As with movies and television, the genre-tag ‘Horror’ can be used to describe a large range of games of varying styles. The Medium, which is the latest release from Polish studio Bloober Team (Layers of Fear and the sci-fi tinged Observer), is more moody psychological horror than the survival horror or action seen in, say, the Resident Evil series. This is not to say one approach is better than the other, but to connect The Medium’s use of static cinematic cameras as more in-line with traditional adventure games from the CD-ROM era than survival horror from the, err, same CD-ROM era.
As per the title, you take control of a Medium – Marianne – who can commune and interact with the spirit realm, or realms. Like one of those charlatans on TV, asking the audience if anyone knew a Jeff or a John or a man whose name starts with a J, maybe they wore jeans that one time, or, jumped -- except for reals. And it’s here where the game’s pre-release hyped up mechanic, split-screen single-player movement, comes into play. Albeit sparingly, but always in a fashion that is interesting from a cinematic and narrative perspective – even though it adds very little in the way of actual interactivity.
With Marianne existing in two places at once, she (i.e. you) can interact with a ghost, spirit residue, or object in the weird Zelda-style underworld version of the reality as well as a piece of paper on a desk somewhere in late 1990s Krakow, Poland. The hook here is that you can see and move around both realities at the same time, barring obstacles existing in one place over the other – eyes and focus shifting based on visual cues, or simply where you feel the most connected at any given moment. Sometimes that focus is nudged in one direction via shifting screen real-estate.
The Medium, which is the latest release from Polish studio Bloober Team (Layers of Fear and the sci-fi tinged Observer), is more moody psychological horror than the survival horror or action seen in, say, the Resident Evil series.
Again, there’s not all that much new here, mechanically speaking. Puzzles are solved in an expected fashion, although on that front using Spirit Energy on the weird object in-place of a switchboard in the spirit realm to restore power in the real world seems like a stretch. Sequences where you shift between realities proper, that is full-screen gaming via an in-game mirror, are better executed and offer up more in terms of discovery and little mysteries to solve. Here the creeping dread of exploration blends seamlessly with the sound-design and often evocative art direction.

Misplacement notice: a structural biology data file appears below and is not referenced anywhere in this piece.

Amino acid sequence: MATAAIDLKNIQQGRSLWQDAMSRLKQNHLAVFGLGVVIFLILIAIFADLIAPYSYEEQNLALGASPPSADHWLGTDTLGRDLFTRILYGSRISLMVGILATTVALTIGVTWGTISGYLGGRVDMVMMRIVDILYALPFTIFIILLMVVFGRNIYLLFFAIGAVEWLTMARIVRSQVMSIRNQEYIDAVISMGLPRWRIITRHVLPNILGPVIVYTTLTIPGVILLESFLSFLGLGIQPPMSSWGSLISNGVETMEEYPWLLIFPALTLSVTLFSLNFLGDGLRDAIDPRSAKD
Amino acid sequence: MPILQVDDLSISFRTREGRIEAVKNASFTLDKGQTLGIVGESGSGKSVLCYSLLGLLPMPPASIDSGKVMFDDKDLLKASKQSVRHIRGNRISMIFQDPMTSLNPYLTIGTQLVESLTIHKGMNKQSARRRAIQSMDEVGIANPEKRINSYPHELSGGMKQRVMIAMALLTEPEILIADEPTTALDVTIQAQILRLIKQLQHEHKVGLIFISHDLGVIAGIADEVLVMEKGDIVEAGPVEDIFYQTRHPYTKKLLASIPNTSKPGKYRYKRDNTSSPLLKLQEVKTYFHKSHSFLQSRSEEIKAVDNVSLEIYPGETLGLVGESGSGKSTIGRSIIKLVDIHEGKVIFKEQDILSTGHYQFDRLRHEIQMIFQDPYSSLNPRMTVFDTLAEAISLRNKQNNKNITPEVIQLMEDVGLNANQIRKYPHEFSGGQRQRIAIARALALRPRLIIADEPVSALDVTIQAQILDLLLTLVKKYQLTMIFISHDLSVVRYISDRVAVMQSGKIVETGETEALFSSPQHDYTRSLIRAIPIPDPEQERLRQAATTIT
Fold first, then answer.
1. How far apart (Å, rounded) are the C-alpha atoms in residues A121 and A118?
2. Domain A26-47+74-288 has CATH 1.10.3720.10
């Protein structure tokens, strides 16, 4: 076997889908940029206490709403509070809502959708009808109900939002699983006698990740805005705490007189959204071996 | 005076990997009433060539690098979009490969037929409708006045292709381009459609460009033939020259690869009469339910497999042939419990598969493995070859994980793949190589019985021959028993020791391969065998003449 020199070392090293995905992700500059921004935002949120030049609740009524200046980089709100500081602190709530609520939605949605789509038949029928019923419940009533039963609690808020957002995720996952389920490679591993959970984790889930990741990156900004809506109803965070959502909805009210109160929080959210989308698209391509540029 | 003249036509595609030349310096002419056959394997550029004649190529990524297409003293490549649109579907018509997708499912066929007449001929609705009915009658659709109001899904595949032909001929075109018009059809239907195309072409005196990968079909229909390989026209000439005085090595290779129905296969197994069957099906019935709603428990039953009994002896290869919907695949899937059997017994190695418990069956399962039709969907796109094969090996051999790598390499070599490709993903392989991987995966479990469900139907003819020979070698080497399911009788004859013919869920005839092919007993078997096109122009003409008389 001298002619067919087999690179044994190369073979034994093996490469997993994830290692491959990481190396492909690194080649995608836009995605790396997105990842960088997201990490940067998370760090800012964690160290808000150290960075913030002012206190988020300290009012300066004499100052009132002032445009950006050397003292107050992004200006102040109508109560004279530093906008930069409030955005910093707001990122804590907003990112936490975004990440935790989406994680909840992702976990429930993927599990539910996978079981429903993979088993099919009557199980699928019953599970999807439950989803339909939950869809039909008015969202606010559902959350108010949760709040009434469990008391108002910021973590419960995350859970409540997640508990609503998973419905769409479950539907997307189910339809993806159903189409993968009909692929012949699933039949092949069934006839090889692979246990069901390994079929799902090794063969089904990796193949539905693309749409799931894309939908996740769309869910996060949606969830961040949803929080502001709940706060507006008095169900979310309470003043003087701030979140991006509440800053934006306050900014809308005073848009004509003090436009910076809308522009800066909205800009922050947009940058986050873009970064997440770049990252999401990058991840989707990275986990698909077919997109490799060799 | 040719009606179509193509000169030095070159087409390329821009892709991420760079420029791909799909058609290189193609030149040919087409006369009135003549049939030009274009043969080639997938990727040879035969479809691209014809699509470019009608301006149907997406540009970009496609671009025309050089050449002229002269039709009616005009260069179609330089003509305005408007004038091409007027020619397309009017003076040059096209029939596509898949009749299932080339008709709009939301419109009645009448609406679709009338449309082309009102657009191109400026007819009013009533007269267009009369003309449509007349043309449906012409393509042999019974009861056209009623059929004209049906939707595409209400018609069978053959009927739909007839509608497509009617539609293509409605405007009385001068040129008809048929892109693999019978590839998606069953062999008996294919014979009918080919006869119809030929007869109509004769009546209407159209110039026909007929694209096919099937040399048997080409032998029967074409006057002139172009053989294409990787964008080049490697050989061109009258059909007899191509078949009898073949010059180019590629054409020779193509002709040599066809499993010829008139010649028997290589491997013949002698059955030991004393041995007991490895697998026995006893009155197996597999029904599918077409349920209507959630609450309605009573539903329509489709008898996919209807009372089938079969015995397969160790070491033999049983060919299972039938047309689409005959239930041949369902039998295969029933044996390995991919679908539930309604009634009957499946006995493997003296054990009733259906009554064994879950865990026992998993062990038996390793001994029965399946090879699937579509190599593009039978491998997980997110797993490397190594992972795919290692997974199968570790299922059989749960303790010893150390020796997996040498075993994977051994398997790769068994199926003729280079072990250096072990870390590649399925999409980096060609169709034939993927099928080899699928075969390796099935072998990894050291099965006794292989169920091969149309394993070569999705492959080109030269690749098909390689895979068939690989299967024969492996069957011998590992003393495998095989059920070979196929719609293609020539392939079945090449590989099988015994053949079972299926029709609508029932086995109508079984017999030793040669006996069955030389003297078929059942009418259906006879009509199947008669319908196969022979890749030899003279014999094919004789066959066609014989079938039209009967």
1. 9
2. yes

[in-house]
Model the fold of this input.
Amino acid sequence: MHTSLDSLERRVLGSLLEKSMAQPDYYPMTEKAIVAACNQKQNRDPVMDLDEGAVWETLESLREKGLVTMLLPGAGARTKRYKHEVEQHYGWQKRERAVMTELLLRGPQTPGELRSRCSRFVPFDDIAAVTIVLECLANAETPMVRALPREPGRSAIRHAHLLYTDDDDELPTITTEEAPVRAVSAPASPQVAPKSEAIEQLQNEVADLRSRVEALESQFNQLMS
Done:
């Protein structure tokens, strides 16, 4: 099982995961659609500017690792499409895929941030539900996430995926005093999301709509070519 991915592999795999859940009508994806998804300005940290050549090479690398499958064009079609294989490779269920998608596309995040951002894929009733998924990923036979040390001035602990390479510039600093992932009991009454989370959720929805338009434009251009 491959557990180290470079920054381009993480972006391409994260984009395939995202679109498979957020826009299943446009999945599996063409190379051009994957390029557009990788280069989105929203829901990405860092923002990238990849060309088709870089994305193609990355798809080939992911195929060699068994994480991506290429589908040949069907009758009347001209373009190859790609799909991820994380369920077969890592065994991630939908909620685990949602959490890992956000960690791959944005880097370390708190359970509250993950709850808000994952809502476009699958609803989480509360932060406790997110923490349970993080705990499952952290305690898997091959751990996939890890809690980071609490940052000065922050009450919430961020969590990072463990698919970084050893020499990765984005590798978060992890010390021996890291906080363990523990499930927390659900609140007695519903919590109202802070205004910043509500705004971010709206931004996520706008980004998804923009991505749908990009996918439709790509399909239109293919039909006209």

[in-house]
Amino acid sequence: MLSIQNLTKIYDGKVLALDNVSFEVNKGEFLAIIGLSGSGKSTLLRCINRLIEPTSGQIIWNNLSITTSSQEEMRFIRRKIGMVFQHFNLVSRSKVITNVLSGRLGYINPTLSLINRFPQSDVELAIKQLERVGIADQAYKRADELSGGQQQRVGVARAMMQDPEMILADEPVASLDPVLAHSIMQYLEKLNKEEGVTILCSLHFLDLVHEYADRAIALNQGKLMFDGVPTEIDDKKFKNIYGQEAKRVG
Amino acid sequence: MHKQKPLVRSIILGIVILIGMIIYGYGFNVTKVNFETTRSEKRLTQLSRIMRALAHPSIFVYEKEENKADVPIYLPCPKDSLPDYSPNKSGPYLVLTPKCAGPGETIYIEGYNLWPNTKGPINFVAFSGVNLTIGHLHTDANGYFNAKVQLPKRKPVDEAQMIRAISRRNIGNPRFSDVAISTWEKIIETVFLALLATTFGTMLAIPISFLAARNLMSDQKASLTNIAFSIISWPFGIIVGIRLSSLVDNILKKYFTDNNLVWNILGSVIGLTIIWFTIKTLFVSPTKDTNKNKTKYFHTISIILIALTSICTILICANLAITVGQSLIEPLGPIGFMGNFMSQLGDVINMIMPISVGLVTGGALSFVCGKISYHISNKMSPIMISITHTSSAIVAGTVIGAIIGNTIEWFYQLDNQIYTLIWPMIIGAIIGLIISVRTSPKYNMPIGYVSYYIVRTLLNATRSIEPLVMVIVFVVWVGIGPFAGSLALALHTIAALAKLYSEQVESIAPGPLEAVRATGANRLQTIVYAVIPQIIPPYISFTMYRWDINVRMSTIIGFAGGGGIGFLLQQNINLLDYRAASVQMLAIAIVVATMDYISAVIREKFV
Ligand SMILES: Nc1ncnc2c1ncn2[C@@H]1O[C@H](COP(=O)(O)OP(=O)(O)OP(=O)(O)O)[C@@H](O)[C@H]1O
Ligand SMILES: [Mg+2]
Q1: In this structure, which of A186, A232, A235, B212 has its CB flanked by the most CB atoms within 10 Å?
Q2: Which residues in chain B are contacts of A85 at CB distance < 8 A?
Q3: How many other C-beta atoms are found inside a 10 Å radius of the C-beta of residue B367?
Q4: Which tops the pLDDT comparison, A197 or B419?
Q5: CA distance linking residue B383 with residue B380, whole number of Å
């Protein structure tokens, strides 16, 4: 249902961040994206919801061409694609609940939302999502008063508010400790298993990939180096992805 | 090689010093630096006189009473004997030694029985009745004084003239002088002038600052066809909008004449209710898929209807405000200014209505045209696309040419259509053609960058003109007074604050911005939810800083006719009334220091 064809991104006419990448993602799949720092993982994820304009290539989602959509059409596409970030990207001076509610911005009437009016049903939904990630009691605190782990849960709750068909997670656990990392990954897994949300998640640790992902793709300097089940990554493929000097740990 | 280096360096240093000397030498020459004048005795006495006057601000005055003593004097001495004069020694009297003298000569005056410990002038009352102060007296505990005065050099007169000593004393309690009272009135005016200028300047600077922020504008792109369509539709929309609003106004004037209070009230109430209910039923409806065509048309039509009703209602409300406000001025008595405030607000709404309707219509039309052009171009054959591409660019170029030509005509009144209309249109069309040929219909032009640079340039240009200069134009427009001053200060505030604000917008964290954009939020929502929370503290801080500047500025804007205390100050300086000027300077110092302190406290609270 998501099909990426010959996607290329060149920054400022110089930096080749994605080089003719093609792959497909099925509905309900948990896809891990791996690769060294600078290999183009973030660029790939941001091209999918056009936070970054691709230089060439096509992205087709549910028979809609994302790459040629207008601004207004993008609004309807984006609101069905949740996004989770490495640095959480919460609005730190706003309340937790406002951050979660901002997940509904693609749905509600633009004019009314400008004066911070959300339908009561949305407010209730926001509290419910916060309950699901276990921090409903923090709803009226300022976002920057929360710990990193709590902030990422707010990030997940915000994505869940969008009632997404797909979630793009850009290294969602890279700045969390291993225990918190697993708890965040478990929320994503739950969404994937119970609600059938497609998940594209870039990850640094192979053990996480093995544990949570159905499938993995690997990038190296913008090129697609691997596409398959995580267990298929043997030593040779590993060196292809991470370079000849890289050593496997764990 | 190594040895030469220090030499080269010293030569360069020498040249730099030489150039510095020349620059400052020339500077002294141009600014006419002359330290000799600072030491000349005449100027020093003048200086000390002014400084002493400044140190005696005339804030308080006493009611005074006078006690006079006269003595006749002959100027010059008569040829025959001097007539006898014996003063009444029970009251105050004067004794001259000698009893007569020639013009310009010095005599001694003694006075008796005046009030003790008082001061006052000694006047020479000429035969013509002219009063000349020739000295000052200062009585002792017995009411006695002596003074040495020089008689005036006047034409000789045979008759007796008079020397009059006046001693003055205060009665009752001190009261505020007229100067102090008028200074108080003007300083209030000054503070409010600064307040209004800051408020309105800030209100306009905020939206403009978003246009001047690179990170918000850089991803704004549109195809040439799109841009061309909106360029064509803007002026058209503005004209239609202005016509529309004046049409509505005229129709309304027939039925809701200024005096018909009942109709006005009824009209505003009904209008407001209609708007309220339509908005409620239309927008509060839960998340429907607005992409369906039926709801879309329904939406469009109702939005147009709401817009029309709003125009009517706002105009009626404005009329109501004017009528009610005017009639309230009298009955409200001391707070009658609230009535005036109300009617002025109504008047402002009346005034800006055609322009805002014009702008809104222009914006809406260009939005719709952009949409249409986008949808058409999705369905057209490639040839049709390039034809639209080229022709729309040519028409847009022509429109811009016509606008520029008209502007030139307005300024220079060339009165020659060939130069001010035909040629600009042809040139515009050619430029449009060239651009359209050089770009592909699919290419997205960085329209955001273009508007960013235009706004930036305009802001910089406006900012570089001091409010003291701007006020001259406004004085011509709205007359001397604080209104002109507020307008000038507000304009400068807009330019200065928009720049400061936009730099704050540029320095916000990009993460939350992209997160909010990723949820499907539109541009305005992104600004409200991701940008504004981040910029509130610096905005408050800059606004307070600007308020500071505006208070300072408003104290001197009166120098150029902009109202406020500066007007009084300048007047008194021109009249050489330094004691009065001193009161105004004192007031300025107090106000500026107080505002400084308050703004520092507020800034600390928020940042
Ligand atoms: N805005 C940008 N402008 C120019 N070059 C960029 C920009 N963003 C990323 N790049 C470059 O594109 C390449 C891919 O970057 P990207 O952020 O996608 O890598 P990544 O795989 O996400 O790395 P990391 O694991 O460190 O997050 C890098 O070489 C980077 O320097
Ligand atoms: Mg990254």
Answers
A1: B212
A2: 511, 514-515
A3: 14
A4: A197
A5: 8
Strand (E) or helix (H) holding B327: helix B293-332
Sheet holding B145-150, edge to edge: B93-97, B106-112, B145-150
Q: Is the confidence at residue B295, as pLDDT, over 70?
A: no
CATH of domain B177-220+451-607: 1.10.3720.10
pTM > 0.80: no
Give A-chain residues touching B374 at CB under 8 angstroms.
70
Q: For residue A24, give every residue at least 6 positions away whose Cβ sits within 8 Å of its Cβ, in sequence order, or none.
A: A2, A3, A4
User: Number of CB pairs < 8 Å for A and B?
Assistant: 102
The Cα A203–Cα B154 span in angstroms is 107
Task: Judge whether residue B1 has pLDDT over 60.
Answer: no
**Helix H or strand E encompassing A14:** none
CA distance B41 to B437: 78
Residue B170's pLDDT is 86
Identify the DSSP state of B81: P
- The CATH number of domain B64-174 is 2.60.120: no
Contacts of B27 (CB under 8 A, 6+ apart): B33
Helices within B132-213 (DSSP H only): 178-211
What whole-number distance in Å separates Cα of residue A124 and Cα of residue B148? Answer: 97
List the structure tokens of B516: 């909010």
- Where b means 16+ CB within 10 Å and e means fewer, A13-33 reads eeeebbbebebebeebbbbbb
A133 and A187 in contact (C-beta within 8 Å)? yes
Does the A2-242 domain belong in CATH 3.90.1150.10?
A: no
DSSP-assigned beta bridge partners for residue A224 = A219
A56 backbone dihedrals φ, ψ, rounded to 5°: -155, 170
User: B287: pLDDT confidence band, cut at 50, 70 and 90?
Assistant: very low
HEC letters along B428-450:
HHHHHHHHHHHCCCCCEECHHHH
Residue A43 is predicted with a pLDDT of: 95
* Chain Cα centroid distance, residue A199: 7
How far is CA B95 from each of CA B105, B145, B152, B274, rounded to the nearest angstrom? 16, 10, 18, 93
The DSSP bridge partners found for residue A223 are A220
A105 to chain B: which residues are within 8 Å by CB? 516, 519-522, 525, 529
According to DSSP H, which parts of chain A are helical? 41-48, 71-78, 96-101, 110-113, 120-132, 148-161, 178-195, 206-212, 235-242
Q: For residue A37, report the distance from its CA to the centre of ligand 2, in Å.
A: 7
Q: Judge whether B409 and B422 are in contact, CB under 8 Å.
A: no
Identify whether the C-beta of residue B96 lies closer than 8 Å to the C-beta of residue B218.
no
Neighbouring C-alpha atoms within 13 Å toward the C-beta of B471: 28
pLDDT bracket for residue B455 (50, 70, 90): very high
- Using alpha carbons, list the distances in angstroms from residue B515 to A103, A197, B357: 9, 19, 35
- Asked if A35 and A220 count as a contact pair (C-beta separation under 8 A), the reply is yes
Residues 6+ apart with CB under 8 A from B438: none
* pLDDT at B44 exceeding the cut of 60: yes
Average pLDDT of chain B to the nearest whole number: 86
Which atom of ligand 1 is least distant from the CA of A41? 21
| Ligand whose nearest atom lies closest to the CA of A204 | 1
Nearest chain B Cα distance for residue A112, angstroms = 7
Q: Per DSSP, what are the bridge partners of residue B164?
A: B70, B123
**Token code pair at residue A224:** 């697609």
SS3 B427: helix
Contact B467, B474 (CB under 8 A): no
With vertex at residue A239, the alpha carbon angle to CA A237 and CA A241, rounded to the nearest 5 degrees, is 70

With exploration and discovery, alongside light puzzle solving, making up the bulk of The Medium, the horror comes from the slow-burn narrative, the by-default creepiness that comes from an abandoned and large hotel out in the woods, and the psychological scares that bubble to the surface from time to time. That, and being chased by a spirit-monster demon-thing called The Maw.
The Medium rarely if ever uses jump-scares or shock to frighten, which is commendable, but that also puts a spotlight on the game’s somewhat lacklustre story. Ambiguity is fine, especially when dealing with the psychological and the unexplainable, as is keeping revelations at bay or, to the very end of a particular narrative journey. The problem isn’t so much the structure of the narrative and how that ties to exploration, or that it’s a slow-burn mystery, but in how the story fails to convey meaningful goals or objectives and leaves a lot of the “what am I doing?” and “why?” to reading notes and documents scattered about.
The story, and this could entirely be my fault, is confusing, especially when the fates of dead characters and their motives are a little vague and unspoken. There’s a lot of real-world history to be found, incidental and contextual detail dealing with communist movements and post-World War II social upheaval. These aspects of The Medium are fascinating because they’re as rich and full of detail as the various environments you get to explore.
The Medium rarely if ever uses jump-scares or shock to frighten, which is commendable, but that also puts a spotlight on the game’s somewhat lacklustre story.
Regardless of style, presentation plays a key role in the sort of cinematic and cerebral horror The Medium strives for. Which, yeah, means visual fidelity can play a role in how effective a sequence or immersion can be. Bolstered by great art-direction that is grounded yet creepy where it needs to be, whilst also getting strange and disturbing in the spirit realm The Medium also doubles as a next-gen showcase for the Xbox Series X or high-end PC.
With detailed locations, moody lighting, impressive HDR, and even real-time ray-tracing in the form of reflections on surfaces and mirrors, The Medium even manages to render two realities at the same time or shift between them in a near-instant. There’s very little in the way of bombast or spectacle, and in terms of characters Marianne is a little undercooked, animation-wise. But much like the narrative The Medium’s visuals are a slow-burn of taking in what you see.
Though in the end that’s what keeps the interactive side of The Medium from living up to its premise, presentation, or story. Details are kept within environmental objects you can’t interact with, clues and revelations written on pieces of paper, split-screen exploration that proves to be more cinematography than interactivity. For a title devoid of action, outside of a couple of stealth sequences and a ‘run towards the screen from the giant monster bit’, The Medium might commune with the spirit world... but it fails to communicate all that well with the player.